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Has the COVID-19 pandemic been associated with differences in careers and mental health between physician mothers and fathers?
In this cohort study of 276 physicians during the COVID-19 pandemic, mothers were more likely than fathers to be responsible for childcare or schooling and household tasks, to work primarily from home, to reduce their work hours, and to experience work-to-family conflict, family-to-work conflict, and depressive and anxiety symptoms. A gender difference in depressive symptoms was observed among physician parents during the COVID-19 pandemic that was not present before the pandemic.
This study suggests that pandemic conditions are associated with an increase in gender inequalities within medicine and signals the importance of further attention and resources to mitigate the potential adverse consequences for the careers and well-being of physician mothers.
The COVID-19 pandemic has placed increased strain on health care workers and disrupted childcare and schooling arrangements in unprecedented ways. As substantial gender inequalities existed in medicine before the pandemic, physician mothers may be at particular risk for adverse professional and psychological consequences.
To assess gender differences in work-family factors and mental health among physician parents during the COVID-19 pandemic.
Design, Setting, and Participants
This prospective cohort study included 276 US physicians enrolled in the Intern Health Study since their first year of residency training. Physicians who had participated in the primary study as interns during the 2007 to 2008 and 2008 to 2009 academic years and opted into a secondary longitudinal follow-up study were invited to complete an online survey in August 2018 and August 2020.
Work-family experience included 3 single-item questions and the Work and Family Conflict Scale, and mental health symptoms included the Patient Health Questionnaire–9 (PHQ-9) and Generalized Anxiety Disorder–7 scale.
Main Outcomes and Measures
The primary outcomes were work-to-family and family-to-work conflict and depressive symptoms and anxiety symptoms during August 2020. Depressive symptoms between 2018 (before the COVID-19 pandemic) and 2020 (during the COVID-19 pandemic) were compared by gender.
Among 215 physician parents who completed the August 2020 survey, 114 (53.0%) were female and the weighted mean (SD) age was 40.1 (3.57) years. Among physician parents, women were more likely to be responsible for childcare or schooling (24.6% [95% CI, 19.0%-30.2%] vs 0.8% [95% CI, 0.01%-2.1%]; P < .001) and household tasks (31.4% [95% CI, 25.4%-37.4%] vs 7.2% [95% CI, 3.5%-10.9%]; P < .001) during the pandemic compared with men. Women were also more likely than men to work primarily from home (40.9% [95% CI, 35.1%-46.8%] vs 22.0% [95% CI, 17.2%-26.8%]; P < .001) and reduce their work hours (19.4% [95% CI, 14.7%-24.1%] vs 9.4% [95% CI, 6.0%-12.8%]; P = .007). Women experienced greater work-to-family conflict (β = 2.79; 95% CI, 1.00 to 4.59; P = .03), family-to-work conflict (β = 3.09; 95% CI, 1.18-4.99; P = .02), and depressive (β = 1.76; 95% CI, 0.56-2.95; P = .046) and anxiety (β = 2.87; 95% CI, 1.49-4.26; P < .001) symptoms compared with men. We observed a difference between women and men in depressive symptoms during the COVID-19 pandemic (mean [SD] PHQ-9 score: 5.05 [6.64] vs 3.52 [5.75]; P = .009) that was not present before the pandemic (mean [SD] PHQ-9 score: 3.69 [5.26] vs 3.60 [6.30]; P = .86).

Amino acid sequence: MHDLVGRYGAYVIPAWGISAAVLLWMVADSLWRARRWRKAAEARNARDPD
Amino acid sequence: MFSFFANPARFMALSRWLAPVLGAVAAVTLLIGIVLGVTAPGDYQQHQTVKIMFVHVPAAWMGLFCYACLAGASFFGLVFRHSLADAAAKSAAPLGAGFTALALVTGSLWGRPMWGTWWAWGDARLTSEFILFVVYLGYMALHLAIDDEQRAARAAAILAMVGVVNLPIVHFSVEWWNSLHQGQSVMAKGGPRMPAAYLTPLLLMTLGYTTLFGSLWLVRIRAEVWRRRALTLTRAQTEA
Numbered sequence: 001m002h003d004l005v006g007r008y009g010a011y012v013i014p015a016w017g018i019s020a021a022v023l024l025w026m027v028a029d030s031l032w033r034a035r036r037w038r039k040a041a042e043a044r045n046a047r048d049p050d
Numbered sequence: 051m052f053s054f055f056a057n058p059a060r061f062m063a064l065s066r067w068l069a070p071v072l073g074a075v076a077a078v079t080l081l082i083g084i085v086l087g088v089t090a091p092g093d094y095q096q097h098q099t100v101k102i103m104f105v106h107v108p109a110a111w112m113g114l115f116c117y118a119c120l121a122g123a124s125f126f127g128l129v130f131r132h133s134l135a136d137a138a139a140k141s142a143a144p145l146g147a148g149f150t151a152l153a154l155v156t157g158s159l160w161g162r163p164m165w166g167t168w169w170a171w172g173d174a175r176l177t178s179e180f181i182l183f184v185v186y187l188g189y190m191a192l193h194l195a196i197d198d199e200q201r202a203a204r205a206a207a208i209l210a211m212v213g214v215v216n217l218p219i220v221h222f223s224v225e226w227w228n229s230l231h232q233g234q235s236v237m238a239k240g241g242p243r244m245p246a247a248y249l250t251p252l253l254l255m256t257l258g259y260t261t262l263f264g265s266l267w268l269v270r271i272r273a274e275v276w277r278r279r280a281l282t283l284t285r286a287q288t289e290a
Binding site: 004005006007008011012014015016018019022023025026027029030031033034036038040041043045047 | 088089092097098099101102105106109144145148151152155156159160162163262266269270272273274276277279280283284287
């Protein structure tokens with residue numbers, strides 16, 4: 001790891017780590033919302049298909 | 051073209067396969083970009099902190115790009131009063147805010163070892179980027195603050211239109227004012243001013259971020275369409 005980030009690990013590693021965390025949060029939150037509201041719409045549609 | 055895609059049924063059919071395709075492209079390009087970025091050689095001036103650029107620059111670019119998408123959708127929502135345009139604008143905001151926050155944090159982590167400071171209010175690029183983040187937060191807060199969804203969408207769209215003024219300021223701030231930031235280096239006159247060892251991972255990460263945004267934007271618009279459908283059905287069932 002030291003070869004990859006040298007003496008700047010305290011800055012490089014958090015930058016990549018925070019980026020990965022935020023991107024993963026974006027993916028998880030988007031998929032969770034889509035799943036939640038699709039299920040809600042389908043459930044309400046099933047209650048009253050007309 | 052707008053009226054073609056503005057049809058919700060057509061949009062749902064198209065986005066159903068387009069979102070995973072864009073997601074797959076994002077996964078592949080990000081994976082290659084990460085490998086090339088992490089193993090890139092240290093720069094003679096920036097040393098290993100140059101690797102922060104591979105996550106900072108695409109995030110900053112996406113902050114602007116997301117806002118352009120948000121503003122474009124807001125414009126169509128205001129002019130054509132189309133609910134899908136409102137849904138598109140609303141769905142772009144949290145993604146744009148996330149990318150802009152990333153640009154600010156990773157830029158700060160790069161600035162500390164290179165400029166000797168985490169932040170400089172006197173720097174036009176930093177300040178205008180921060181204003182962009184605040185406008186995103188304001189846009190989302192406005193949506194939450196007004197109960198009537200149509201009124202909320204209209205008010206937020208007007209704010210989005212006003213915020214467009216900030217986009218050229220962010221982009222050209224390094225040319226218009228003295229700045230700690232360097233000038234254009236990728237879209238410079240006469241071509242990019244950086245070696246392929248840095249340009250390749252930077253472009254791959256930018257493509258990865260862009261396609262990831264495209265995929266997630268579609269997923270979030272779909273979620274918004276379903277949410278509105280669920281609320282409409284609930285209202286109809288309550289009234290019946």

Conclusions and Relevance
This study found significant gender disparities in work and family experiences and mental health symptoms among physician parents during the COVID-19 pandemic, which may translate to increased risk for suicide, medical errors, and lower quality of patient care for physician mothers. Institutional and public policy solutions are needed to mitigate the potential adverse consequences for women’s careers and well-being.
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CME Disclosure Statement: Unless noted, all individuals in control of content reported no relevant financial relationships. If applicable, all relevant financial relationships have been mitigated.
Accepted for Publication: September 16, 2021.
Published: November 12, 2021. doi:10.1001/jamanetworkopen.2021.34315
Open Access: This is an open access article distributed under the terms of the CC-BY License. © 2021 Frank E et al. JAMA Network Open.
Corresponding Author: Elena Frank, PhD, Michigan Neuroscience Institute, University of Michigan, 205 Zina Pitcher Pl, 1068, Ann Arbor, MI 48109 (email@example.com).
Author Contributions: Drs Frank and Guille had full access to all of the data in the study and take responsibility for the integrity of the data and the accuracy of the data analysis.
Concept and design: Frank, Zhao, Rotenstein, Sen, Guille.
Acquisition, analysis, or interpretation of data: All authors.
Drafting of the manuscript: Frank, Zhao, Rotenstein.
Critical revision of the manuscript for important intellectual content: Frank, Zhao, Fang, Sen, Guille.
Statistical analysis: Zhao, Fang.
Obtained funding: Sen.
Administrative, technical, or material support: Zhao, Rotenstein.
Supervision: Sen, Guille.
Conflict of Interest Disclosures: None reported.
Funding/Support: This study was supported by grant R01MH101459 from the National Institutes of Health (Dr Sen) and grant 8D477-01 from the American Foundation for Suicide Prevention (Drs Sen and Guille).
Role of the Funder/Sponsor: The funders had no role in the design and conduct of the study; collection, management, analysis, and interpretation of the data; preparation, review, or approval of the manuscript; and decision to submit the manuscript for publication.
Additional Contributions: We thank the physicians taking part in this research.
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